Choose A Rehab
ESSAY: Finding a rehab house
by Rehabbers Club member Dave Lewis
How should you go about finding the right rehab project? It can be a daunting task, to be sure, and it is likely to involve you in both a physical and emotional way. Unlike dating, where there’s room for trial and error and adjustment; rehab-hunting is more like choosing a spouse, with whom you will commit your every resource, from a showroom. In this case, St. Louis is the showroom, and lists you get from the Internet, LRA, and realtors, are merely catalogues to peruse.
Unlike cultures where some grownup gets to pick your spouse, you’re on your own in this venture. It may eventually provide you with the perfect structure where you can act out your every dream and make it just like you imagine. It might also ruin you, make you bitter, waste your time, and be disappointing in every way.The intention of the people in this group is to help you avoid the pitfalls and ease the process of finding, repairing your dream home and enjoying your neighborhood.
Don’t lose sight of your dream!
More important than finding the perfect house, is finding the right place to settle and live. That would mean discovering the right neighborhood that you’re happy with or that you can adjust to suit your desires. You won’t know that until you do some research. Neighborhoods ARE the neighbors. You can just move in and take what’s there and try to outlive all the disagreeable ones, you can try to chase them all away, and you can do what’s necessary to attract desirable neighbors. Likely you’ll do all of the above if you position yourself correctly. To get the feel of a neighborhood, you need to live there. So my suggestion is to make an educated guess as to where you’d like to live and get an apartment there.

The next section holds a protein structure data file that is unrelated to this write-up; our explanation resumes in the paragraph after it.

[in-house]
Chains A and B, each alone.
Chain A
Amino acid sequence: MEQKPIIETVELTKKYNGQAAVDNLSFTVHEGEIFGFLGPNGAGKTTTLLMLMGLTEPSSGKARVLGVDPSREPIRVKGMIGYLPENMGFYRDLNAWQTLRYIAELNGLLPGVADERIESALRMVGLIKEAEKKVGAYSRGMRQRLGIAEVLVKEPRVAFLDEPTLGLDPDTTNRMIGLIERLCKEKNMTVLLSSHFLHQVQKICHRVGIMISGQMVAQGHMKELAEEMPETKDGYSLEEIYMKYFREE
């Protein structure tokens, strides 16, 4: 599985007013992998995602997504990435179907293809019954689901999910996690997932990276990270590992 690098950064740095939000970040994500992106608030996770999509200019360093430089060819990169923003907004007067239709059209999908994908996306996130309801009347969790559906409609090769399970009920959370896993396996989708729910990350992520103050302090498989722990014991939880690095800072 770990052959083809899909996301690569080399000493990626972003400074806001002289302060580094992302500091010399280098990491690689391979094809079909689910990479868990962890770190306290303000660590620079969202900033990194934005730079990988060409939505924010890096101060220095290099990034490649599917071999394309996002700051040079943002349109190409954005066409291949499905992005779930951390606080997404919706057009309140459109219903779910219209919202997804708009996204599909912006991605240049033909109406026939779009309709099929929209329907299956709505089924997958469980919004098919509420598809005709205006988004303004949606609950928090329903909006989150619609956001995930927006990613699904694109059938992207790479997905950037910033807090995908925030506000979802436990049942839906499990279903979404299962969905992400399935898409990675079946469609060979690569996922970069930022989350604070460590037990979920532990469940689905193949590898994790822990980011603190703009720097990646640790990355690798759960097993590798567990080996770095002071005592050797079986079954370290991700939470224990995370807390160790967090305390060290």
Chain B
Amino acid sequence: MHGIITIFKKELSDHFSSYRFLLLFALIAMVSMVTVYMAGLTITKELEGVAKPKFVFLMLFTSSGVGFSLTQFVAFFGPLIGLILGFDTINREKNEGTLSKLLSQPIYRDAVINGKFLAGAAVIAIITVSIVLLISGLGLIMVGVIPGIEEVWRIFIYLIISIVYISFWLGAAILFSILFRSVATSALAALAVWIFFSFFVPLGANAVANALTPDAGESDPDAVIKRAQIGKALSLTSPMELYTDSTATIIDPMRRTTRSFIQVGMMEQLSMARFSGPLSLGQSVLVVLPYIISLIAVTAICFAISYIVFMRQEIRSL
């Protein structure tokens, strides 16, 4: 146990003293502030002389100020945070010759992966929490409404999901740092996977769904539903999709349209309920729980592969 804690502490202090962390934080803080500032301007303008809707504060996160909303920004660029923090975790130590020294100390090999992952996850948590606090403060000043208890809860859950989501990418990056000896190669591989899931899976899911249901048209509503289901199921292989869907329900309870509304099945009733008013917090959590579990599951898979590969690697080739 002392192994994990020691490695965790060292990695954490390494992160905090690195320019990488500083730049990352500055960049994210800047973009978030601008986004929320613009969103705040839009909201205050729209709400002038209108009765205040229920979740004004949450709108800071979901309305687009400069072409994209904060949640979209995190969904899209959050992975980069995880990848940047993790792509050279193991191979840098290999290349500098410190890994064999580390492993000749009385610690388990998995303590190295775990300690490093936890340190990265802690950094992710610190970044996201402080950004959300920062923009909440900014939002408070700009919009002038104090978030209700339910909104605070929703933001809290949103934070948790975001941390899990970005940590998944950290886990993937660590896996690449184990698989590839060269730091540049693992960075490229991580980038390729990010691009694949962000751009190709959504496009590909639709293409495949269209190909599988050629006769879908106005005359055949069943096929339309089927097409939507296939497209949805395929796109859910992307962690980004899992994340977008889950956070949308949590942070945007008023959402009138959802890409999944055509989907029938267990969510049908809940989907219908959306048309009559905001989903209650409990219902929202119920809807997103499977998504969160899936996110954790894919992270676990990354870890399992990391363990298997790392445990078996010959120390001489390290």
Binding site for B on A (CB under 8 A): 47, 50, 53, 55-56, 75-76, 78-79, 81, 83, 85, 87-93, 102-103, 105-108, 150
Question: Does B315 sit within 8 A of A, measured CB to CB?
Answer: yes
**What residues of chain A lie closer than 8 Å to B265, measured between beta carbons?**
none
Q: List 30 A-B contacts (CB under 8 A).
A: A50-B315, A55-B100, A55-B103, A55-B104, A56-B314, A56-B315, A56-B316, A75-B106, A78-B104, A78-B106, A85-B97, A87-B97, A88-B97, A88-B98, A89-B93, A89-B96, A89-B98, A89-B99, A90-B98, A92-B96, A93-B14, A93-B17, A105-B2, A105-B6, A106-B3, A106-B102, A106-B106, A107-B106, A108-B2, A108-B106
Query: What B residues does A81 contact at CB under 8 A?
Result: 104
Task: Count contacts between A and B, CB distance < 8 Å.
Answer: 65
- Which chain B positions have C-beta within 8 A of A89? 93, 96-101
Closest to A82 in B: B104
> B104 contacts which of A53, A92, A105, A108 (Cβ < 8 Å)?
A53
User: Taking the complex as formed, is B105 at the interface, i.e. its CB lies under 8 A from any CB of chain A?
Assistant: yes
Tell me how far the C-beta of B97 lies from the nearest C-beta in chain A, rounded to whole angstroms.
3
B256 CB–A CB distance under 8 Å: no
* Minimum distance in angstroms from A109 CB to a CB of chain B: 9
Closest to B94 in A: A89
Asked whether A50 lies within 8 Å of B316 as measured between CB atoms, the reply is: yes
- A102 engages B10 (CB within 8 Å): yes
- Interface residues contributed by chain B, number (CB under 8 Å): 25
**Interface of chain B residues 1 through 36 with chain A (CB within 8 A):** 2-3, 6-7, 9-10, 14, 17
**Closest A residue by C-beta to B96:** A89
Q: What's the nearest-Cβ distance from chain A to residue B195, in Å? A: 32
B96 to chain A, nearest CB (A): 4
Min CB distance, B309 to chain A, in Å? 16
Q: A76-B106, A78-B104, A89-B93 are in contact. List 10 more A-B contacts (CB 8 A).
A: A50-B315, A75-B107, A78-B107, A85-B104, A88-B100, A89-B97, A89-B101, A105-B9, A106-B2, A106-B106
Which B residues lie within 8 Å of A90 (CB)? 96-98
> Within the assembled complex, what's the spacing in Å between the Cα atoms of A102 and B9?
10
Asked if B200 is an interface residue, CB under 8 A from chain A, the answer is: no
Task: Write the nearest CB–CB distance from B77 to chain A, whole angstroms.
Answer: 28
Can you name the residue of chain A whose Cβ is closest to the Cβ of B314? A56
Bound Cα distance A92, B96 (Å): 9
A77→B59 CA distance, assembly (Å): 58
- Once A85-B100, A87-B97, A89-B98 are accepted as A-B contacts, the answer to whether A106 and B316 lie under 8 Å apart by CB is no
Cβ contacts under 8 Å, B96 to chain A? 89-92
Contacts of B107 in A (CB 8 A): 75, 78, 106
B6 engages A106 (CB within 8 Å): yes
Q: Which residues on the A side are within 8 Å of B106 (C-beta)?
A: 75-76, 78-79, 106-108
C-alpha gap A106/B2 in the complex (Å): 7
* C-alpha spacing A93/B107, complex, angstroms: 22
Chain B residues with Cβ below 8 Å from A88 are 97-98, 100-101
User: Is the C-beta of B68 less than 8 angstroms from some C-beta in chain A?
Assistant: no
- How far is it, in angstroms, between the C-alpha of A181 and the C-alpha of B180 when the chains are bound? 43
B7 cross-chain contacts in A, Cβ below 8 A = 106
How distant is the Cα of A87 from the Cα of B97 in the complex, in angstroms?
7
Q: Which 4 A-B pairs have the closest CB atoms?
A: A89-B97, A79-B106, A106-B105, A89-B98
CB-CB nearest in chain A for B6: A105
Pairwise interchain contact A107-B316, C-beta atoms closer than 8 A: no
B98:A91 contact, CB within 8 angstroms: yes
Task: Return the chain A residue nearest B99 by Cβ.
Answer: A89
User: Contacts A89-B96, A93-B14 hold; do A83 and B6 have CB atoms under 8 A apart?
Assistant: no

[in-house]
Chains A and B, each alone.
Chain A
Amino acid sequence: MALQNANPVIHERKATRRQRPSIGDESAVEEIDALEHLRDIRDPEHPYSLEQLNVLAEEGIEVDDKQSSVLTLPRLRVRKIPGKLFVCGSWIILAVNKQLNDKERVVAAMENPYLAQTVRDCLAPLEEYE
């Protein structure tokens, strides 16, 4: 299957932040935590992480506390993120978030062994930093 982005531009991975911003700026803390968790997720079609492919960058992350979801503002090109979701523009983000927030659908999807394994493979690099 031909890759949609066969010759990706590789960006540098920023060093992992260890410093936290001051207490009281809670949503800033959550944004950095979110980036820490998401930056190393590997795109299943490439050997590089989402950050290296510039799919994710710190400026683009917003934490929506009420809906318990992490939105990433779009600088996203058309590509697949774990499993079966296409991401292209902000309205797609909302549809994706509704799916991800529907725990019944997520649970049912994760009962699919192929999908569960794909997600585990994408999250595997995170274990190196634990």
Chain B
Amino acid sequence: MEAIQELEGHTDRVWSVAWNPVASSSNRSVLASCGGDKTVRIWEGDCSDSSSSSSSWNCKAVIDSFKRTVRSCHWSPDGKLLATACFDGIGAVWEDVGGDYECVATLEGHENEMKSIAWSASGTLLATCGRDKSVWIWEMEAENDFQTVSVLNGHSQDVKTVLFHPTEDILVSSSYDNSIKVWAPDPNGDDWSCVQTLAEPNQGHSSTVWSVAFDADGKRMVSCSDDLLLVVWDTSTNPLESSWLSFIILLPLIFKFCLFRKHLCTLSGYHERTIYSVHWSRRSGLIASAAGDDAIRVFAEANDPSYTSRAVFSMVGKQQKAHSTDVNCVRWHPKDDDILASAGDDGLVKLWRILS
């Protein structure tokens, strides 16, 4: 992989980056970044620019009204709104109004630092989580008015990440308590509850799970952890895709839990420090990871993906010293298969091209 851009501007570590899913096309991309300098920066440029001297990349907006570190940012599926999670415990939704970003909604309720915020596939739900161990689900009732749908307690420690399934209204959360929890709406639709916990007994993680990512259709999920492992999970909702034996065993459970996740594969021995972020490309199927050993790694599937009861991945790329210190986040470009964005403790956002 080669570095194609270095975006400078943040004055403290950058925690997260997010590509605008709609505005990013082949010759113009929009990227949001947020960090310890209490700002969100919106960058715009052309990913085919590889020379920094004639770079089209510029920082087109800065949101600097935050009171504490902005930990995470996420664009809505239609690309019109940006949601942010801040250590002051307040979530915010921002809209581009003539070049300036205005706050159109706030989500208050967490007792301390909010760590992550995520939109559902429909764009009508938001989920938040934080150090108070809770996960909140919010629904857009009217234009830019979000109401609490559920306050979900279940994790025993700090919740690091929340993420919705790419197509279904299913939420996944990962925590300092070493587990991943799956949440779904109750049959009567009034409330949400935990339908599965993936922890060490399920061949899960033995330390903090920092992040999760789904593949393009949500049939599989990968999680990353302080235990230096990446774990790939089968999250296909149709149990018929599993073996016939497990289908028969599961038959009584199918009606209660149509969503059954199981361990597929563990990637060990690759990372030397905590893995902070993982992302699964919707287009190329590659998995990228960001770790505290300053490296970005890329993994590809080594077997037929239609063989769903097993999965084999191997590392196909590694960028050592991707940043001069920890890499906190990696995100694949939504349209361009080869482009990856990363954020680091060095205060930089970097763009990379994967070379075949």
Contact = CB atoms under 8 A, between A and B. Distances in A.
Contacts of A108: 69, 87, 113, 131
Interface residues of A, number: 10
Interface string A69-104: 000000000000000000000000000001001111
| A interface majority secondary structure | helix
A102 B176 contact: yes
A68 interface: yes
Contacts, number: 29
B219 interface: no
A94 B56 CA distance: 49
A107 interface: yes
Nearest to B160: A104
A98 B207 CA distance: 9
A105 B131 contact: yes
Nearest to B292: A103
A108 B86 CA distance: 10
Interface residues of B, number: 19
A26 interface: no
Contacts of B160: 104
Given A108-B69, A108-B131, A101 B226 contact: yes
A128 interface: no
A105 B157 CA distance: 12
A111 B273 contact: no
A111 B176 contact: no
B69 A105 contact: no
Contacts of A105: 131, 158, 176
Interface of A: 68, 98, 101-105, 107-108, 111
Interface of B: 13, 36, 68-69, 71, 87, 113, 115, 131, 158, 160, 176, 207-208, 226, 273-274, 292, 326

Before or after moving in, go to neighborhood meetings and get to know people. Consider their advice! Once there, take long walks and become familiar with your surroundings. Meet more people and be social. Visit rehabs in progress and let your neighbors get to know you. Find out where the action is and who you want to be friends with. Soon, you’ll be in with the “in crowd”, and with them, sort out the who’s who of the neighborhood. You’ll discover who’s moving, who’s selling, and who’s renting. You’ll figure out where the stability is and you’ll learn where the instability comes from. You’ll learn where your resources are, which kids to trust and who has the skills that you may be able to tap one day. Pay particular attention to the youngsters, they may one day be your adult neighbors.
As you interface with the neighbors, and they with you, you’ll be well positioned to know what houses are going to be available for you to purchase. You might be lucky to learn which buildings are drug houses, too, where disgruntled landlords may be willing to get out from under non-performing properties. Vacant buildings are often available for your inspection, or are prime candidates for your research. As you narrow your search by eliminating buildings you just don’t like, and those that are not available, you’ll soon develop the drive and initiative to go after some of your choices.
By this time you know how the neighborhood positions itself around your dream home and can better picture yourself rehabbing and living in that home. All the while you’ve been getting your ducks in a row in terms of financing and design. You can decide which professionals you can work with toward actualizing your dreams. In many cases you may be able to purchase the property directly from the owner, and you’ll need to know how to do that.
I’m going to stop here, and assume that you’ve read the many posts on our listserve about purchasing and rehabbing. My intent here is only to promote an idea about finding a property to rehab. From here you can mostly refer back to the list. There are folks there who are already familiar with their neighborhoods, and are eager for you to be their neighbor.